03-18-2014 07:08 PM - edited 03-18-2014 08:23 PM
I'm relatively computer savy. I have built computers, rebuilt them, am a Windows power-user, am my work department's unofficial IT guy, run dual-boot systems, run Windows VMs in my Linux box and Linux VMs in my Window boxes... I can usually accomplish anything in 15 minutes via a combination of Newegg and Google. But in 3 hours of sifting through the internet, I can't find a single how-to on encrypting my new M500 in my Samsung RC512-S01 notebook. Everything I read leads to one of two options:
1. Pay over a hundred bucks to upgrade my Win7 Home Premium to Ultimate, or
2. Pay over a hundred bucks to buy somethign like SecureDoc from WinMagic
Are you kidding me? There's not a single free option to enable the native hardware encryption on this drive? Crucial doesn't provide software? Not even for the close-to-$500 I paid for this 960GB drive? I've always used whole-disc software encryption (via TrueCrypt) on my HDD Windows installs, but understand that's likely to kill the drive faster. Starting to have buyers remorse...
Edit: After more reading, it appears that an acceptable "consumer grade" approach to using the drive's hardware encryption is to enable the UEFI Boot Mode in the BIOS, assign a BIOS password, and then assign the SDD UEFI password. As I understand, this applies my password-specific encryption key to the drive's data I/O. As a home user, I shouldn't need anything like BitLocker or SecureDoc. Does this sound right?...
03-19-2014 12:43 PM
Thanks for contacting us today. Your edit is correct. You can definitely use the password capabilities of your BIOS.
Please let us know if there is anything else that we may help you with.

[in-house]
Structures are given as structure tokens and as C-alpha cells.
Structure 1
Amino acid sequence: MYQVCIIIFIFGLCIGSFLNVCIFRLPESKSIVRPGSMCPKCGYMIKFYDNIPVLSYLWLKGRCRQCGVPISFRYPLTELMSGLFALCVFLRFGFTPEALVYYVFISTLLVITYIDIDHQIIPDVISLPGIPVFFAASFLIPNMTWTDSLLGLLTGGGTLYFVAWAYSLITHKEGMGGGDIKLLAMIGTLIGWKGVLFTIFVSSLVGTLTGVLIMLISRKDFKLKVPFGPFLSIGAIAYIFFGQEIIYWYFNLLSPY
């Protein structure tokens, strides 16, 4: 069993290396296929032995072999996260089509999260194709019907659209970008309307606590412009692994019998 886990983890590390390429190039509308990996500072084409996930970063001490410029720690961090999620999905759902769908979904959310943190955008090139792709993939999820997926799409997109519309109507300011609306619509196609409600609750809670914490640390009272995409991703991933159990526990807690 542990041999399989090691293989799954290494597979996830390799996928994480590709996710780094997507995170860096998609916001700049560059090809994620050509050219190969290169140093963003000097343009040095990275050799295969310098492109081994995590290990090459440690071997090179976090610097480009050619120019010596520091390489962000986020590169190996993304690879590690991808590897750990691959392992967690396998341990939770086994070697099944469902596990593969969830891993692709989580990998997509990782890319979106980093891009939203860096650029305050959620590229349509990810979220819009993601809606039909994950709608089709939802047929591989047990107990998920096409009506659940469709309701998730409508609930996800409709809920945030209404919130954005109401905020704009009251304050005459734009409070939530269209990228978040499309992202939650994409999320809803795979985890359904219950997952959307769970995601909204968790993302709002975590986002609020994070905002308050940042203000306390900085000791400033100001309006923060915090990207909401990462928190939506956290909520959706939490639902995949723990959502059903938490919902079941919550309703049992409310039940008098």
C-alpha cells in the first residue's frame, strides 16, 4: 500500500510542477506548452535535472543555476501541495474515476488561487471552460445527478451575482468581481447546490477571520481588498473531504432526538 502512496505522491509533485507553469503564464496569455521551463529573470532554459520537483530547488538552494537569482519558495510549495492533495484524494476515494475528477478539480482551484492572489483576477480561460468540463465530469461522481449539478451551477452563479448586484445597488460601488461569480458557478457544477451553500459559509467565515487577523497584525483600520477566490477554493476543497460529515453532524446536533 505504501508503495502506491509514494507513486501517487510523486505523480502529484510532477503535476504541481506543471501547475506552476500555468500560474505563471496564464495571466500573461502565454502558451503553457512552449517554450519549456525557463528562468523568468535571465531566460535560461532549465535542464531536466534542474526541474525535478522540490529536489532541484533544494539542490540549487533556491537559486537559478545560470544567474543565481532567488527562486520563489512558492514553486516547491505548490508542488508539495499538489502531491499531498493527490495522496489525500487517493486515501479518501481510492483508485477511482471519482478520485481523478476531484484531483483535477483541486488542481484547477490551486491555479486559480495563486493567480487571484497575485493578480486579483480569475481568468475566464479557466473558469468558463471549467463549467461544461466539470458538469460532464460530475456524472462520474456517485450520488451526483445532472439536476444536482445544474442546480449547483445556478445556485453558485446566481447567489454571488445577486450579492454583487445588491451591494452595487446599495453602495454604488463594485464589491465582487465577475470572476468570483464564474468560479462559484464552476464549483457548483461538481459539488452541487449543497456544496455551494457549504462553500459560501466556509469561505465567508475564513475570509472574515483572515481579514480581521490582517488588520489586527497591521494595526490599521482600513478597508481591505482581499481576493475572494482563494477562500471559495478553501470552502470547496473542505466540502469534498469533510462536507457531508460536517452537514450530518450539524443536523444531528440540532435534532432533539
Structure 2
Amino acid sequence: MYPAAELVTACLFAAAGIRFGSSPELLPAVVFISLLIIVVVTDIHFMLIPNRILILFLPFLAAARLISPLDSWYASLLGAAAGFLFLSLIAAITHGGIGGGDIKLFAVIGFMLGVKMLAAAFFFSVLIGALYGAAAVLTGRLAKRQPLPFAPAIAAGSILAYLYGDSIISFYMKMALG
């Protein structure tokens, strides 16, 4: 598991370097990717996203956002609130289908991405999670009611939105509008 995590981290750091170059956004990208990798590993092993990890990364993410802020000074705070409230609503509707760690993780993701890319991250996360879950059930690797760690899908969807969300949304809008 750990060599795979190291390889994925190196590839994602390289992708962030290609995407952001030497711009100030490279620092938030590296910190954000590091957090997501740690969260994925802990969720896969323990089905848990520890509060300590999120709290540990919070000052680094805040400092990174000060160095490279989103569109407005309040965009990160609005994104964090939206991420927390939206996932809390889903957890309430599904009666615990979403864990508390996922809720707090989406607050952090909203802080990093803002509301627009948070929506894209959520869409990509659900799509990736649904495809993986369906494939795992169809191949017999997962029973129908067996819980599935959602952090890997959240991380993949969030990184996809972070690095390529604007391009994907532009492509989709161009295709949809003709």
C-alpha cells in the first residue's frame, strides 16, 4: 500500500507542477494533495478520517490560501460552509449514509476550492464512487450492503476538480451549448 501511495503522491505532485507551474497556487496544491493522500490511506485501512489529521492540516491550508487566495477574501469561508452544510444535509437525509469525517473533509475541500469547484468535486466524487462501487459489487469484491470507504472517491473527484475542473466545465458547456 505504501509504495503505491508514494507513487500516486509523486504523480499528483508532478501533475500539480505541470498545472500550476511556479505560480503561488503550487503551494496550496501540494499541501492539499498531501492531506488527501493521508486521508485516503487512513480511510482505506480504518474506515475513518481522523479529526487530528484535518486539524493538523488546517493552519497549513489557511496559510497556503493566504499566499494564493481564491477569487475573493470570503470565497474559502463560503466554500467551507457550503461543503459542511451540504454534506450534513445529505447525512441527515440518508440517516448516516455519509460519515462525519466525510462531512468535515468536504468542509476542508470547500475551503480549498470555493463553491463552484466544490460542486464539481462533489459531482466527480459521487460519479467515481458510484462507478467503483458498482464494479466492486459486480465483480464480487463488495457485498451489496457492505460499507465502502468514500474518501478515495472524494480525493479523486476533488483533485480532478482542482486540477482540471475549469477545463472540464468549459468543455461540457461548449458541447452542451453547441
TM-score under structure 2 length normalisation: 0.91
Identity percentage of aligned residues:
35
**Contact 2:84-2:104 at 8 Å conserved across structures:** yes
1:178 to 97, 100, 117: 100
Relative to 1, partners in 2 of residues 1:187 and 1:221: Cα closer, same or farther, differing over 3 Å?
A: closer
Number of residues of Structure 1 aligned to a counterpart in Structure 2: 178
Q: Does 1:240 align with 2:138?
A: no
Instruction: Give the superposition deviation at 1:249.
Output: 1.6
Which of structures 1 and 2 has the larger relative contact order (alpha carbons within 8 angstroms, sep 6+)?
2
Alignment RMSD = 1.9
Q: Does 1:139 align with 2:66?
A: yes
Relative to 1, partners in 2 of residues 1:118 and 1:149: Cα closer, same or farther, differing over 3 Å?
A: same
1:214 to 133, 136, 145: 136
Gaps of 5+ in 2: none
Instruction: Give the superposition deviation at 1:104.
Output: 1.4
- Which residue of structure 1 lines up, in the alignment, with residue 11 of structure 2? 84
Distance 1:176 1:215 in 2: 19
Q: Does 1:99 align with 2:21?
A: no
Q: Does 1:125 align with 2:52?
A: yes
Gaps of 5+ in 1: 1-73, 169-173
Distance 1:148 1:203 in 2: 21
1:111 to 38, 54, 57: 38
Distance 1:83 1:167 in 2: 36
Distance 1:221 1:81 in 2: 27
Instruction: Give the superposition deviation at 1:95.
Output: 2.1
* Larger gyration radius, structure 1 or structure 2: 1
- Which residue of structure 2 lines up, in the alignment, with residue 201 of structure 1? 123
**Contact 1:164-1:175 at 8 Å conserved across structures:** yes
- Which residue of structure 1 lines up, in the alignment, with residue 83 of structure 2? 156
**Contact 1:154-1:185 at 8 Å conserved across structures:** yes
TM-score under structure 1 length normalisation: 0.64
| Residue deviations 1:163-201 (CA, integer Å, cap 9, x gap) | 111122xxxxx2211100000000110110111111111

04-18-2014 07:52 AM
A follow-up question: Will setting a UEFI password actually work with the the drive's encryption/controller so that the drive cannot be read without the new password? IE, if someone steals the computer, can they just remove the drive and read the files using an external enclosure?
04-18-2014 03:49 PM
Unfortunately, a UEFI password will only protect those who may attempt to get on your computer. It will not protect your computer if someone steals it and takes out the hard drive. I hope this clarifies.
04-19-2014 11:52 AM - edited 04-19-2014 12:54 PM
I believe that what YogiH is refering to is Supervisor Password or User Password. It is a HDD Password option you want since that should work with the drive and trigger so-called ATA password protection. And you could actually easily check if that works the way you have described - by setting up HDD Password, removing the drive and trying to read it using an external enclosure or other system
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04-21-2014 08:32 AM
Yes, that's exactly what I was referring too. I am sorry I wasn't more clear. Thanks for helping clarify, bogdan!